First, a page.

In a between-subjects design, or a between-groups design, every participant experiences only one condition, and you compare group differences between participants in various conditions. It’s the opposite of a within-subjects design, where every participant experiences every condition.

A between-subjects design is also called an independent measures or independent-groups design because researchers compare unrelated measurements taken from separate groups.

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Random assignment in experiments

In experimental research, random assignment is a way of placing participants from your sample into different treatment groups using randomization.

With simple random assignment, every member of the sample has a known or equal chance of being placed in a control group or an experimental group. Studies that use simple random assignment are also called completely randomized designs.

Random assignment is a key part of experimental design. It helps you ensure that all groups are comparable at the start of a study: any differences between them are due to random factors.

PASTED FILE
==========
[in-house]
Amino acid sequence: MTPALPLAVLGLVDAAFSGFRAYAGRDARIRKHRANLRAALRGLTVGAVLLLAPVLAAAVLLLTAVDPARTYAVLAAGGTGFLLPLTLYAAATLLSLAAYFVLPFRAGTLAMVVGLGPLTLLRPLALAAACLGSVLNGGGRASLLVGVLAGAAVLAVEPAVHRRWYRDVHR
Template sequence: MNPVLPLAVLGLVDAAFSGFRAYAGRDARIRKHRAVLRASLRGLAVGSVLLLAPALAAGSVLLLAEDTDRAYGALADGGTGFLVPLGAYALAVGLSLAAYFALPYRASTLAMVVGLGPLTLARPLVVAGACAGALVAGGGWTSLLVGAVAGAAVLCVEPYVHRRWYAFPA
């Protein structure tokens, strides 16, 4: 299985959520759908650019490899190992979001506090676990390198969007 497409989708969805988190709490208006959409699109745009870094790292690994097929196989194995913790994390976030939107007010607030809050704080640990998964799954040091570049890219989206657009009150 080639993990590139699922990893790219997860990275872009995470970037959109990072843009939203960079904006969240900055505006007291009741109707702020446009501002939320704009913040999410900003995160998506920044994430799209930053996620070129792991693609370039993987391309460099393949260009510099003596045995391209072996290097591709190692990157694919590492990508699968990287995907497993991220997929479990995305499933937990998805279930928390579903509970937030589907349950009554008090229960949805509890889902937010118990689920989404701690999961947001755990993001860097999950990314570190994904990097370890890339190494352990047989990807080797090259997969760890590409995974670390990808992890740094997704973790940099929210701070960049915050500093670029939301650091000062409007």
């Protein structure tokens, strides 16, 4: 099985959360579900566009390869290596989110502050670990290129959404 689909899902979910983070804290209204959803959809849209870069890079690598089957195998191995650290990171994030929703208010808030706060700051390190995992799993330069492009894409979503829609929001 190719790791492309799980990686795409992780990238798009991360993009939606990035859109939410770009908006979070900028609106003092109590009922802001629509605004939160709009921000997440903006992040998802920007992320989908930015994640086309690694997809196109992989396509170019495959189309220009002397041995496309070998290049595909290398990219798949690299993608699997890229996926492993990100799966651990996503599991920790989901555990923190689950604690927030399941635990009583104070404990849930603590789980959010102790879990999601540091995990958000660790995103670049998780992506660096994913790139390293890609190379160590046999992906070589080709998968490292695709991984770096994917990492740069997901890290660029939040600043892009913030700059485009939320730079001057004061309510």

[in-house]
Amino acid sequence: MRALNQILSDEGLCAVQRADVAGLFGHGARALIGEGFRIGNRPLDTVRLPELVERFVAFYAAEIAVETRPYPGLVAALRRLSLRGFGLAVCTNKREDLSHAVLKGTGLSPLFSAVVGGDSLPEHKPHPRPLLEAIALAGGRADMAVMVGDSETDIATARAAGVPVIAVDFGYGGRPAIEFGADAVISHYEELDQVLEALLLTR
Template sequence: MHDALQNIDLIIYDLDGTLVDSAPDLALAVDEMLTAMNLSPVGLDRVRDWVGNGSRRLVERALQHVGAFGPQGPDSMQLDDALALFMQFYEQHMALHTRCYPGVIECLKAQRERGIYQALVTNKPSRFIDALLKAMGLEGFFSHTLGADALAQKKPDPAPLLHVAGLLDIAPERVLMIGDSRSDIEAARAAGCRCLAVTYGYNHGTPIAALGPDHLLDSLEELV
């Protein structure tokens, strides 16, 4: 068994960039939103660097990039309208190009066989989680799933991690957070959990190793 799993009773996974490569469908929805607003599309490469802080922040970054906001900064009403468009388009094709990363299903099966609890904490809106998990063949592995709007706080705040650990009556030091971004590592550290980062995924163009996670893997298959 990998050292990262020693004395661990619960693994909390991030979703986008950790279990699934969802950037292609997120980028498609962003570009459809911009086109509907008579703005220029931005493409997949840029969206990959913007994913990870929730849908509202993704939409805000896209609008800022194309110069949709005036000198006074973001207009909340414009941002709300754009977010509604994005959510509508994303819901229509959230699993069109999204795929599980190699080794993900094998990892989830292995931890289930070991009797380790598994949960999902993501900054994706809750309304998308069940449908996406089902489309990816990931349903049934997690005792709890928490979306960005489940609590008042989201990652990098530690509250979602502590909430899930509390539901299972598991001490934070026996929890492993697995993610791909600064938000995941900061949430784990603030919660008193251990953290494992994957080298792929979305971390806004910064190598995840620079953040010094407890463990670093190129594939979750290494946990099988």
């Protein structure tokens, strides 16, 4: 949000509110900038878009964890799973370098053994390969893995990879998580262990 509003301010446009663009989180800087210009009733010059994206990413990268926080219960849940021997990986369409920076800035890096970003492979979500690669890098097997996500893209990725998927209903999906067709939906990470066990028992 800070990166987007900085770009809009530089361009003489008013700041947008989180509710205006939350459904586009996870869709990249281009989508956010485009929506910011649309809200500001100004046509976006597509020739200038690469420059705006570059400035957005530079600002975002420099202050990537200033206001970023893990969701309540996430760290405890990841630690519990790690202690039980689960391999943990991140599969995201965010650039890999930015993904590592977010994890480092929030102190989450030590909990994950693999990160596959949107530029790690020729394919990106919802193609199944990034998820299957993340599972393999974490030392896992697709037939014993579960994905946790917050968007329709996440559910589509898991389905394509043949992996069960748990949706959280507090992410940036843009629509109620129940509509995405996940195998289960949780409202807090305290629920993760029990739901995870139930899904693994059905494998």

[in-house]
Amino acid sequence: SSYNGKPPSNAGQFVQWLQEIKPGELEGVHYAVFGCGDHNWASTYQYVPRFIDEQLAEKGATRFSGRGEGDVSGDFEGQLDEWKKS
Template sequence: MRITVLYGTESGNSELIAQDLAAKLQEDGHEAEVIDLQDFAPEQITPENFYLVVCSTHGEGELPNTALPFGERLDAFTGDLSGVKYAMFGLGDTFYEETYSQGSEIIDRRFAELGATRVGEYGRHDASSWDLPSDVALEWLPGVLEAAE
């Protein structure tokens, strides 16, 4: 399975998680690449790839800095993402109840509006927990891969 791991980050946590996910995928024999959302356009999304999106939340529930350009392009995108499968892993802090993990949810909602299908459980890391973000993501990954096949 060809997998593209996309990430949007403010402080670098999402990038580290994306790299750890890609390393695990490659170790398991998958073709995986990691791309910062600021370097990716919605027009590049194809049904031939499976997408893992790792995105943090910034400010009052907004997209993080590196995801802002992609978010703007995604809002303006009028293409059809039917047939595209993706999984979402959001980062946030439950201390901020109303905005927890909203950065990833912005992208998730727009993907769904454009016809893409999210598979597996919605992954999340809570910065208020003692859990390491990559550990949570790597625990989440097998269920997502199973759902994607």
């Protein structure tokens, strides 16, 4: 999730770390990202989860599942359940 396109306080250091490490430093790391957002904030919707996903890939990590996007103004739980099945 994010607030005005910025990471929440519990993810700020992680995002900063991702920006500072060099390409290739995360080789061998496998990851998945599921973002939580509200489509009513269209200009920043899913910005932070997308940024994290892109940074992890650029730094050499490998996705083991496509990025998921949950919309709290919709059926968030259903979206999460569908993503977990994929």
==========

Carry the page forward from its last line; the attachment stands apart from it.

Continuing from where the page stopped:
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Control variables explained

A control variable is anything that is held constant or limited in a research study. It’s a variable that is not of interest to the study’s aims, but is controlled because it could influence the outcomes.

Variables may be controlled directly by holding them constant throughout a study (e.g., by controlling the room temperature in an experiment), or they may be controlled indirectly through methods like randomization or statistical control (e.g., to account for participant characteristics like age in statistical tests).

Examples of control variables
Research question Control variables
Does soil quality affect plant growth?
  • Temperature
  • Amount of light
  • Amount of water
Does caffeine improve memory recall?
  • Participant age
  • Noise in the environment
  • Type of memory test
Do people with a fear of spiders perceive spider images faster than other people?
  • Computer screen brightness
  • Room lighting
  • Visual stimuli sizes

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Mediator vs moderator variables

A mediating variable (or mediator) explains the process through which two variables are related, while a moderating variable (or moderator) affects the strength and direction of that relationship.